Duke Energy has a long record of flexing its monopolistic muscle without fear of accountability. After all, my friend, corporations are people ... and big corporations are big people who can throw their weight around like bulls in a china shop, breaking whatever they want.
With that in mind, you'll be saddened to read the story below, received today via email, but you won't be surprised.
Thanks go out to usernamehere today for pointing to this blog post by Taylor Batten at the Charlotte Observer.
Duke Energy CEO Jim Rogers was the keynote speaker at a business breakfast this morning. He opened it up for questions and I asked him for his take on the marriage amendment on the May 8 ballot.
Rogers hesitated, but then couldn't stop himself from telling the crowd of 200 or so how he felt.
If North Carolinians put the gay marriage ban into the state constitution, Rogers said, "You're sending a message to the world that we're not inclusive."
Rogers emphasized that he was sharing his personal view and was not speaking on behalf of Duke Energy. He said "I believe we're all children of God," and that it's wrong to pass measures that discriminate against individuals.
"If this passes, we're going to look back 20 years from now, or 10 years, and think of it like Jim Crow laws" that discriminated against African-Americans. North Carolina is competing with the world for business, he said, and "we have to be inclusive and open."
I want to thank Mr. Rogers for finally speaking up on this issue. Better late than never, I suppose. But the proof of his convictions will be in his follow-through. Rogers says he's not speaking for Duke Energy, but he should be. He's CEO for heaven's sake. Who else is speaking for the company.
Submitted by GrayNewman on Mon, 02/20/2012 - 11:36am
Street theater in downtown Charlotte:
Annie Vereen and Jack Kirven of Viscera Dance Theatre staged a protest this morning outside of Morton's Steakhouse in uptown. The event happened as Rogers was set to receive the "Business Person of the Year" award from the Charlotte Business Journal
Maybe they can also get Jimbo to answer James's question about Duke's stand on Amendment One: Still No Answer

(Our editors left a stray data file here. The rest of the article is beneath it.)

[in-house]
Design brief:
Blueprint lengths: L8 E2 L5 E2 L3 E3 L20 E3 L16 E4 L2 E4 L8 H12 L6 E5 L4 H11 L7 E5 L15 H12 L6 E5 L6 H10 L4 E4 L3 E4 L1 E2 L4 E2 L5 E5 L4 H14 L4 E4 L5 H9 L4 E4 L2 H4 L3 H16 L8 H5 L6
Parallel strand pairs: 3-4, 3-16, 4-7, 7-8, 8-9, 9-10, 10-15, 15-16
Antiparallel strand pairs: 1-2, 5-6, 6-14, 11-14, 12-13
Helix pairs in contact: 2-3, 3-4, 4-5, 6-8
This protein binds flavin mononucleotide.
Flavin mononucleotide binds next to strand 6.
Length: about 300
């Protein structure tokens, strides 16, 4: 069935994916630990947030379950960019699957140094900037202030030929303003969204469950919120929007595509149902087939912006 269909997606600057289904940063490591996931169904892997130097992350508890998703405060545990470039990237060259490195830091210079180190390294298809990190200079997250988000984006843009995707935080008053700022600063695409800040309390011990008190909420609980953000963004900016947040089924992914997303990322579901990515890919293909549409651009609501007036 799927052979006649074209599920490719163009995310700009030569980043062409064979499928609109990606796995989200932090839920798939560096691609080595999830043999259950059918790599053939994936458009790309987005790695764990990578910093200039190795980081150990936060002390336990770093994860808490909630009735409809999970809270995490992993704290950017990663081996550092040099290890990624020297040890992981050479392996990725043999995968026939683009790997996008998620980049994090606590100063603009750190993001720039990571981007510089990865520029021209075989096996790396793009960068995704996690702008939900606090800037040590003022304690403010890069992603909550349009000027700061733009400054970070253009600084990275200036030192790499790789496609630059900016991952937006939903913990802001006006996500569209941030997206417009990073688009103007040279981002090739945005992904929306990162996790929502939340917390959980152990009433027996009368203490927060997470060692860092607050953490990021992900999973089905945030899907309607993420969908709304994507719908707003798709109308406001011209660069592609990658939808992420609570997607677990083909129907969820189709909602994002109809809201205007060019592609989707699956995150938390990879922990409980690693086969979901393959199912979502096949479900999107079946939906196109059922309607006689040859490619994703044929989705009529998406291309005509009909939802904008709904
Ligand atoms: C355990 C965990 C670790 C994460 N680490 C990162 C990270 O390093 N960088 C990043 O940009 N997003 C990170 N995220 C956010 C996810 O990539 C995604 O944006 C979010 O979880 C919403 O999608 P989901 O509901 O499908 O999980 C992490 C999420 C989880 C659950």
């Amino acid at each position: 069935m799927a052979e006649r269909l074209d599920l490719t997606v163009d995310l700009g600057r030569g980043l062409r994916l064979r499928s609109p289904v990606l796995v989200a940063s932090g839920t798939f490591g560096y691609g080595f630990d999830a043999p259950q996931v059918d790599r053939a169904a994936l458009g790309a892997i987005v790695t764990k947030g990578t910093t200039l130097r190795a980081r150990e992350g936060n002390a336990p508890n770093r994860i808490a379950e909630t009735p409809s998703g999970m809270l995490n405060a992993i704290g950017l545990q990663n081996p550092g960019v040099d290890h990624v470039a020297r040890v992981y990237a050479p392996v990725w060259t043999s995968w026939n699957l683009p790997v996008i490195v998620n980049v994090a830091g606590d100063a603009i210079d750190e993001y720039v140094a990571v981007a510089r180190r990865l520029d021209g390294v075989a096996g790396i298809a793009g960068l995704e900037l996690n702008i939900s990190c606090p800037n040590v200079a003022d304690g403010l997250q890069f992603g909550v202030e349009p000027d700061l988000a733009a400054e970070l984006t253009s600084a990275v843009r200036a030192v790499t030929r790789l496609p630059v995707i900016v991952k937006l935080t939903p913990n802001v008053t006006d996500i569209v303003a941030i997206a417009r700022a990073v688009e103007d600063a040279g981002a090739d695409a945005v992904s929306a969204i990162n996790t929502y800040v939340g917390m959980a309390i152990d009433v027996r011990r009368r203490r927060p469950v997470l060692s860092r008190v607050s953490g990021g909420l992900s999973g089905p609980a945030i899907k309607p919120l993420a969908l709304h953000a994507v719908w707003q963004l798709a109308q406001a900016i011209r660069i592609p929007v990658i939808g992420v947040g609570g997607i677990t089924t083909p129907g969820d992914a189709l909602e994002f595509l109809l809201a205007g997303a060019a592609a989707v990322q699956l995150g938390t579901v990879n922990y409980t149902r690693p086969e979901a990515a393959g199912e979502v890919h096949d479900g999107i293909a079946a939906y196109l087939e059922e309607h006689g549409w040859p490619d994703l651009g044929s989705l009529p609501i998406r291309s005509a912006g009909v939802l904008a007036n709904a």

Six Greenpeace protesters were arrested after unfurling a sign in front of the Duke Energy building Wednesday morning, protesting the company’s recently-approved rate hikes.
Perhaps if Duke Energy spent a little less money trying to buy it's way into the Governor's Mansion, they wouldn't need to raise rates on their captive customer base across North Carolina to fund improvements required to meet more stringent environmental laws.
Last month, the N.C. Utilities Commission approved an overall 7 percent rate increase for Duke Energy’s 1.8 million customers in the state. Monthly bills for typical residential customers will go up about $7.
Heaven forbid they should tighten the belt a little bit.
I guess it makes sense. If your "vision" is to have a governor who will suppress voting rights and discriminate against gays and lesbians, then by all means, let the awards begin! Congratulations, Mr. Rogers. It takes a big guy to pollute the planet, subvert democracy, and screw over your gay employees all in one career.
This week the NC Justice Center, NC WARN and the NC Housing Coalition challenged the proposed Duke Energy rate hike settlement that the NC Utilities Commission Public Staff is supporting. The organizations are highlighting how unfair the proposal for a 7.21% rate increase is to residential and most business customers, because the rate allocation method is biased to accommodate energy hogging industries.
There is nothing, not one damn thing, to be gained by the citizens of North Carolina in the merger of Duke Energy and Progress Energy.
Thanks to Citizens United, the sign currently in front of the Governor's Mansion is a For Sale sign. If Pat McCrory were to get his way, however, we'd soon see a more ominous sign out front. Though some carbonistas would love to see that happen, most sane people understand that the interests of Duke Energy and the interests of We the People have almost no commonality.
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